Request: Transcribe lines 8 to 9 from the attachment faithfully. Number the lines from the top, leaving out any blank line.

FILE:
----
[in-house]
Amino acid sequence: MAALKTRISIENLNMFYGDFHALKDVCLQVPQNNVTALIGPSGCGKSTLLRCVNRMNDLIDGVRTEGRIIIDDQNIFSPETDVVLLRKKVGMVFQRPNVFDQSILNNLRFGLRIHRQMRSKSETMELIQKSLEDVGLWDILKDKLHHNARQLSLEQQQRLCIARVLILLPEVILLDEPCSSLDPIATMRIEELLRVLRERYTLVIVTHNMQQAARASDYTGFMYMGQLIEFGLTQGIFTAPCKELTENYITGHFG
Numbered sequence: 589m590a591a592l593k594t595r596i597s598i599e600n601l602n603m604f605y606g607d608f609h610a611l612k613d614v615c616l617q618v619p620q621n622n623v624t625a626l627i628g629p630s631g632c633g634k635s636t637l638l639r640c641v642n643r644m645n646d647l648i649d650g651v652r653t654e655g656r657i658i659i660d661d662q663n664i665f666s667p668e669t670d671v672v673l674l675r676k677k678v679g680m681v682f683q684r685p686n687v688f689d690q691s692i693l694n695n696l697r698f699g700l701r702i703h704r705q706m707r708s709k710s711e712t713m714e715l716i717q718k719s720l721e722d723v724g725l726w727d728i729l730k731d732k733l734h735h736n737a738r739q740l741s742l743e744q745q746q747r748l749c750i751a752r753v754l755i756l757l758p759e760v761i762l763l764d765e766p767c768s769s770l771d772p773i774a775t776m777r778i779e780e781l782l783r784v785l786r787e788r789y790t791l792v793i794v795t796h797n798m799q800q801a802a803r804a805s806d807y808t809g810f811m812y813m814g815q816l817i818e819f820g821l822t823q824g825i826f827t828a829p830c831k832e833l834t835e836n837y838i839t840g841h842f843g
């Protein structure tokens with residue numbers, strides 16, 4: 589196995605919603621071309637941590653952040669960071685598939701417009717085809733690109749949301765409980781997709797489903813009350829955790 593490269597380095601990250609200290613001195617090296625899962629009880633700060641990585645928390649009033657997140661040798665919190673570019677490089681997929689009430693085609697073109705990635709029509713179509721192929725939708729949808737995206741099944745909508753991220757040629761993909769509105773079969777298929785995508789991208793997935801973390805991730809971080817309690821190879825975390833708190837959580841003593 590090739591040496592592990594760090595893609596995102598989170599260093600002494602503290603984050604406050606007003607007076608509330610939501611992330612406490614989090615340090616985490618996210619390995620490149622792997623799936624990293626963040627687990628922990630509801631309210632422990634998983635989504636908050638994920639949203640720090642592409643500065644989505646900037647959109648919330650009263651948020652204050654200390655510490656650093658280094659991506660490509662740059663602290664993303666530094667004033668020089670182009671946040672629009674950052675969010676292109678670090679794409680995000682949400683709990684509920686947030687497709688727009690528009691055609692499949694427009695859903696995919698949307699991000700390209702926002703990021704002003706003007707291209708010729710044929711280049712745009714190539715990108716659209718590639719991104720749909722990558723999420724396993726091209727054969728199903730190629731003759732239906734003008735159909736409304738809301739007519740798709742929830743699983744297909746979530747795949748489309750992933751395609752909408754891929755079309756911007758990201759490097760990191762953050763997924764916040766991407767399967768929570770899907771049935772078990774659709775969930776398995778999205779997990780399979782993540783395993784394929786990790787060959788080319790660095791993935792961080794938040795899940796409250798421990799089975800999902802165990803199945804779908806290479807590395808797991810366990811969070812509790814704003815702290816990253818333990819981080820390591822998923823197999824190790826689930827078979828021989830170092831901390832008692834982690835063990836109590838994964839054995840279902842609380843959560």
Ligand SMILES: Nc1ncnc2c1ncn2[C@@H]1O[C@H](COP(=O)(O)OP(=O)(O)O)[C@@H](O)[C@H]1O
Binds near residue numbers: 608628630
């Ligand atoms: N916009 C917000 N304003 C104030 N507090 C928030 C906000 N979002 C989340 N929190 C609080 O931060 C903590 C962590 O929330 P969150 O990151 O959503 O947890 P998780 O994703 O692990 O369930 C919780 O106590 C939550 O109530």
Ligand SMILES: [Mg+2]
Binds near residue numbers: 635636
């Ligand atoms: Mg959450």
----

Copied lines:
Ligand SMILES: [Mg+2]
Binds near residue numbers: 635636